President Clinton attended what would be his final holiday party as the nation’s chief Sunday, Reuters reports.
The president attended the 19th annual “Christmas in Washington” concert at the National Building Museum with first lady and senator-elect Hillary Rodham Clinton and their daughter Chelsea Clinton.
“This is our last one here,” Clinton said. “Also, it’s the first Christmas of the new millennium,” he added. ”Tonight I am grateful that we can celebrate an America blessed with unprecedented peace and prosperity.”
Actress Sarah Michelle Gellar hosted the event, which featured performances by Brian McKnight, Marc Anthony, Chuck Berry and Jessica Simpson. The event will air Sunday on cable’s TNT.
PRESIDENT GERVASE: For someone still milking his sudden fame stemming from CBS’ “Survivor,” the cow hasn’t run dry just yet for Gervase Peterson. The Associated Press reports that Peterson will take on the role of president of the United States on “There Goes the Nation,” a new cybershow on UrbanEntertainment.com.
Peterson will spoof himself with a “Survivor”-type character whose fame takes him all the way to the White House. The show will run Dec. 18 on the Internet. Peterson has already had guest roles on “The Hughleys,” “Nash Bridges” and MTV’s “Say What? Karaoke.”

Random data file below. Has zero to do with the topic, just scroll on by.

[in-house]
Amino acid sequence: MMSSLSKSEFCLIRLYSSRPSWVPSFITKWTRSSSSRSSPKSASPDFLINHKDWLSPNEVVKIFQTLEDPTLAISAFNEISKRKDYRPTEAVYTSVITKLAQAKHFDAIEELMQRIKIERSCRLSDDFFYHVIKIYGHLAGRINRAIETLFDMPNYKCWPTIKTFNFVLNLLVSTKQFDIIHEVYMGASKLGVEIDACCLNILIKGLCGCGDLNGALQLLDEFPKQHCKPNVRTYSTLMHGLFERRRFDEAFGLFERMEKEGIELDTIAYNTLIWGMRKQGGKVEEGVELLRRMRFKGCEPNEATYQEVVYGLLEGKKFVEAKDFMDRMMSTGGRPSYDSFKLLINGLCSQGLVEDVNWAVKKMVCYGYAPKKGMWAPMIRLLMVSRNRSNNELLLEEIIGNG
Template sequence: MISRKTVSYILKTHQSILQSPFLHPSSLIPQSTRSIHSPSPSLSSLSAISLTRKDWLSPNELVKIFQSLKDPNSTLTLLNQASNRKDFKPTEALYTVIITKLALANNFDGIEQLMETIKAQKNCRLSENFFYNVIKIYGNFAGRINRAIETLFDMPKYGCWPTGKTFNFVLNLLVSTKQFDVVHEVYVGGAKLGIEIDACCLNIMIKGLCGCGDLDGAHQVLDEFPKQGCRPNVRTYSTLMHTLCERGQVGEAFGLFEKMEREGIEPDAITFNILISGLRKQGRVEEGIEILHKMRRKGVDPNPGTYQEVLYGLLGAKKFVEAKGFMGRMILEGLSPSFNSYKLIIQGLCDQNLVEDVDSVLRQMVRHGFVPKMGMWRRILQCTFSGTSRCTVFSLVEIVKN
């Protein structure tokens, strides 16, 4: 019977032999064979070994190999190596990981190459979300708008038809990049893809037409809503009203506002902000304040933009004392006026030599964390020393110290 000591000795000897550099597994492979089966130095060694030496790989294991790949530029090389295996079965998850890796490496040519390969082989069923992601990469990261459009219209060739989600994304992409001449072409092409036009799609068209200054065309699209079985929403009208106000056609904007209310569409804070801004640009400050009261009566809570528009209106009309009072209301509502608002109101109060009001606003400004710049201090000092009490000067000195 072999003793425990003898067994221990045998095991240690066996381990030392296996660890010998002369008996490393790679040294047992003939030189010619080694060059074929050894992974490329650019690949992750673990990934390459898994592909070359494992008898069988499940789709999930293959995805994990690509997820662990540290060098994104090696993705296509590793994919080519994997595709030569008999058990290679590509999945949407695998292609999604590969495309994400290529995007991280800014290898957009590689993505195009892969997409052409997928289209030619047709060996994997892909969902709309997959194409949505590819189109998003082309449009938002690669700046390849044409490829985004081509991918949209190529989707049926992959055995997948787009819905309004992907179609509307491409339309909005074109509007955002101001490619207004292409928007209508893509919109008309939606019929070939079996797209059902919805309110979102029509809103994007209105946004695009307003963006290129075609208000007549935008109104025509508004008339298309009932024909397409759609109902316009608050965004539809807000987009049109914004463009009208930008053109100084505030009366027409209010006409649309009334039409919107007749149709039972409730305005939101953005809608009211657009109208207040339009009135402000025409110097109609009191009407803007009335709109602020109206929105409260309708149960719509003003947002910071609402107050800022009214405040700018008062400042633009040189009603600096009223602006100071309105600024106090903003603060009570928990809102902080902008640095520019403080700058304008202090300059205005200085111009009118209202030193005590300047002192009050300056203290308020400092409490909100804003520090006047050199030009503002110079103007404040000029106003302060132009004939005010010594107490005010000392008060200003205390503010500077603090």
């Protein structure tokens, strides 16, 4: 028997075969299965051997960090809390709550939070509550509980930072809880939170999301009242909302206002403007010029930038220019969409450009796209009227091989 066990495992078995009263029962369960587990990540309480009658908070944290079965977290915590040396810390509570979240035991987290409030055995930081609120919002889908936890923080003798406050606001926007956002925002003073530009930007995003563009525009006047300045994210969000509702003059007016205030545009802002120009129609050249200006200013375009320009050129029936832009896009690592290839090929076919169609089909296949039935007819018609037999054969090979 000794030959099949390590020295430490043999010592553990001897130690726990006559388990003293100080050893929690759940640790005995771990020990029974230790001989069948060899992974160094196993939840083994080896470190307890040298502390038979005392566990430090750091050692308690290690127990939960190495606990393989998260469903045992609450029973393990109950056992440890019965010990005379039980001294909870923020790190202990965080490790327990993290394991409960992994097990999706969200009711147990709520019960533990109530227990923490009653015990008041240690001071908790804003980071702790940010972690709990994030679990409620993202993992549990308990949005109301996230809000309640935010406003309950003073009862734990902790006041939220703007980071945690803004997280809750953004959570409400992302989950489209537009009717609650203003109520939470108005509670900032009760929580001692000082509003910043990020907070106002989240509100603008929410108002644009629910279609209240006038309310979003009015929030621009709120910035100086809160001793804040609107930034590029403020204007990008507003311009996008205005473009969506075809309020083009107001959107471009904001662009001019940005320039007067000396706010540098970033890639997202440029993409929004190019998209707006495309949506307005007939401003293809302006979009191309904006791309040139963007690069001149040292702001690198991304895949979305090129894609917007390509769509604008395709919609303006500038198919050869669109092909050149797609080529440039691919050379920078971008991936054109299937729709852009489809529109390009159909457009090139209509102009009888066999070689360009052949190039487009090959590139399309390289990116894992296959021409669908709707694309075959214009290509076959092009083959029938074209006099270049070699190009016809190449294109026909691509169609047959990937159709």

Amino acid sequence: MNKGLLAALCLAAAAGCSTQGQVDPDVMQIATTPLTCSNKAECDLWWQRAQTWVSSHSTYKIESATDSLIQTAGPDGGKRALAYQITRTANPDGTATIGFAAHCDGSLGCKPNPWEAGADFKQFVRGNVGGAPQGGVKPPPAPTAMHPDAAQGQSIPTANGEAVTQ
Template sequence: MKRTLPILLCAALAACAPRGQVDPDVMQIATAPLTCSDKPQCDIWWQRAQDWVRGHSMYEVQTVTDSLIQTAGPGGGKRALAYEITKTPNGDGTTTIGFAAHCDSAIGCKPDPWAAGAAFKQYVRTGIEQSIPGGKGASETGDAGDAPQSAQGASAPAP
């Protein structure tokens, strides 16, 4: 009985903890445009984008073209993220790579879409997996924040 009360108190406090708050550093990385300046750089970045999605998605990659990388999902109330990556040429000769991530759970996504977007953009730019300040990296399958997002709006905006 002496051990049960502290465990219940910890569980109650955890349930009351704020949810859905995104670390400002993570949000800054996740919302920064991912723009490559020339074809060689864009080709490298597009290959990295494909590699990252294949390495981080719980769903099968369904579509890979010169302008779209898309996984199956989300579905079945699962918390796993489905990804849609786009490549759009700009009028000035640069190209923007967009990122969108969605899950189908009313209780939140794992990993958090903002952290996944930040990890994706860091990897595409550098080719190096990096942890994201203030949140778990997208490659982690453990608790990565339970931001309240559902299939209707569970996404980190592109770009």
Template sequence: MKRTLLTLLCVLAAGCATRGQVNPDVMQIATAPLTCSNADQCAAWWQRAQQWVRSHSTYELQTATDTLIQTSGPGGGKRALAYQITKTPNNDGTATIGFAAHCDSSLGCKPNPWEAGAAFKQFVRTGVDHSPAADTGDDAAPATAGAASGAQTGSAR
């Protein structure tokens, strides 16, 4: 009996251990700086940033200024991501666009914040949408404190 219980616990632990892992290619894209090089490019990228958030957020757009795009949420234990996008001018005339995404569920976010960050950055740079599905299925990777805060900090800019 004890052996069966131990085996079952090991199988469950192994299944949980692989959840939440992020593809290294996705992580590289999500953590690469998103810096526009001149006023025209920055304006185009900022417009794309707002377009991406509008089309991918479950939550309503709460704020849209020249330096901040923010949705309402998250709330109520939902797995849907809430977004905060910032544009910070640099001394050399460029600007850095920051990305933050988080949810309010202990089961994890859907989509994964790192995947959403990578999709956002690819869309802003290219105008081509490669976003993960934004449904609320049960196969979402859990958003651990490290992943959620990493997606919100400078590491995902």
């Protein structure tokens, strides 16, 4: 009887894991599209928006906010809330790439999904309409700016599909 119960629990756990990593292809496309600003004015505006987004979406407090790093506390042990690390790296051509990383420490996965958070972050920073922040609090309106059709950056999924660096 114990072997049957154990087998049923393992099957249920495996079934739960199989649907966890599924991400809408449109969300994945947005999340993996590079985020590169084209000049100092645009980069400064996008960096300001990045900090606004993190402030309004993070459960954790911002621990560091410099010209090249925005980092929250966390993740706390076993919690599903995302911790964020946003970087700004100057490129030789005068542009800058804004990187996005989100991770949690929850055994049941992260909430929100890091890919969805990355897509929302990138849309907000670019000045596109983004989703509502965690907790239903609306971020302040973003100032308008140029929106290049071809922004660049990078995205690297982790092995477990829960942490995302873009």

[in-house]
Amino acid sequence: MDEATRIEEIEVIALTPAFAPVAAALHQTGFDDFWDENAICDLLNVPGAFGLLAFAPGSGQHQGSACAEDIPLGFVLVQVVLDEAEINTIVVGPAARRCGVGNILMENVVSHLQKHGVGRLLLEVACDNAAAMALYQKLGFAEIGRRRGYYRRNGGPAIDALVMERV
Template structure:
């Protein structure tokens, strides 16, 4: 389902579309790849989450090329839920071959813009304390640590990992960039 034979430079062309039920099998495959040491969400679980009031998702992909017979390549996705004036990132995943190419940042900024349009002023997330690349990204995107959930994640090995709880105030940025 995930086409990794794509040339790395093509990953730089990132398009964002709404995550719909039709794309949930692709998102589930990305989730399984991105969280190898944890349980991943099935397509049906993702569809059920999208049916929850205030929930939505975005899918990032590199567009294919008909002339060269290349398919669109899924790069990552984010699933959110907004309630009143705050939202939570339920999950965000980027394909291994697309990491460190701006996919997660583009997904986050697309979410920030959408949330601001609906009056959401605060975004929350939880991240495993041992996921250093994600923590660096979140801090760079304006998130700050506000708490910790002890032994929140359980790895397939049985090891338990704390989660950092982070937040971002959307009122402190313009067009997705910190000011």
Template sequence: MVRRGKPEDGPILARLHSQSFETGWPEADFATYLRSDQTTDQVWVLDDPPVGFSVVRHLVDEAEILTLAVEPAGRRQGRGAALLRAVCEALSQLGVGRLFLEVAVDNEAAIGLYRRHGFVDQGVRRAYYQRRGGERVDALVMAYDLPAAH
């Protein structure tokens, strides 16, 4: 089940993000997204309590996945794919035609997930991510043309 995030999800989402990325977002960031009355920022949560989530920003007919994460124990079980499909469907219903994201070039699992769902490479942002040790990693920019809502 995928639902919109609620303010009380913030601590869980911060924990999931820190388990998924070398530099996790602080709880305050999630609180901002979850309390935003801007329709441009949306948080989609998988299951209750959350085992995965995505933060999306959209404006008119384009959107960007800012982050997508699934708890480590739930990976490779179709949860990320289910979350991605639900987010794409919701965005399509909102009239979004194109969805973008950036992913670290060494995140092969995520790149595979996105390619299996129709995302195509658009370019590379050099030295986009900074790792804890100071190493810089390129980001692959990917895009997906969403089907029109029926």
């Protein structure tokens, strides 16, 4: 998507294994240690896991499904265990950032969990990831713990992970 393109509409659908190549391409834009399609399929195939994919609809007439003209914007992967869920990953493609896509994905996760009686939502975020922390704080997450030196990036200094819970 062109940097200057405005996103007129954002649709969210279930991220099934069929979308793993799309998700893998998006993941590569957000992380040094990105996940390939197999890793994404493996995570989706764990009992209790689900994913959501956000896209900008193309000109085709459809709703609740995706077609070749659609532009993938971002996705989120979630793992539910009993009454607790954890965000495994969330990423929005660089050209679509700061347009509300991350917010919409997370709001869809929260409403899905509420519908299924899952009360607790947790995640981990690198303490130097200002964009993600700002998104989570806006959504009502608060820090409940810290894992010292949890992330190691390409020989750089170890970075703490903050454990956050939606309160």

HANNA-BARBERA COMPOSER DIES: Composer Hoyt Curtin, the man behind the music for hit cartoons such as “The Jetsons,” “The Flintstones” and “Scooby-Doo,” has died. He was 78.
AP reports that the composer died Dec. 3 after a lengthy, undisclosed illness. He started his career in 1957 writing advertising jingles before moving on to music director for Hanna-Barbera, where he wrote the theme songs for “Huckleberry Hound,” “Yogi Bear” and “Johnny Quest.”
Curtin is survived by his wife, Elizabeth, and three grandchildren.
The play covers familiar Shepard territory: brawling brothers, drunken rage and all-American angst.
Shepard is probably best-known for his Pulitzer Prize-winning work “Buried Child.” Although the buzz at the premiere was energetic as people filled the theater, critics weren’t catching the vibe, describing the play as “uneven,” moving from a “static first act to a final wrenching one.” Ouch!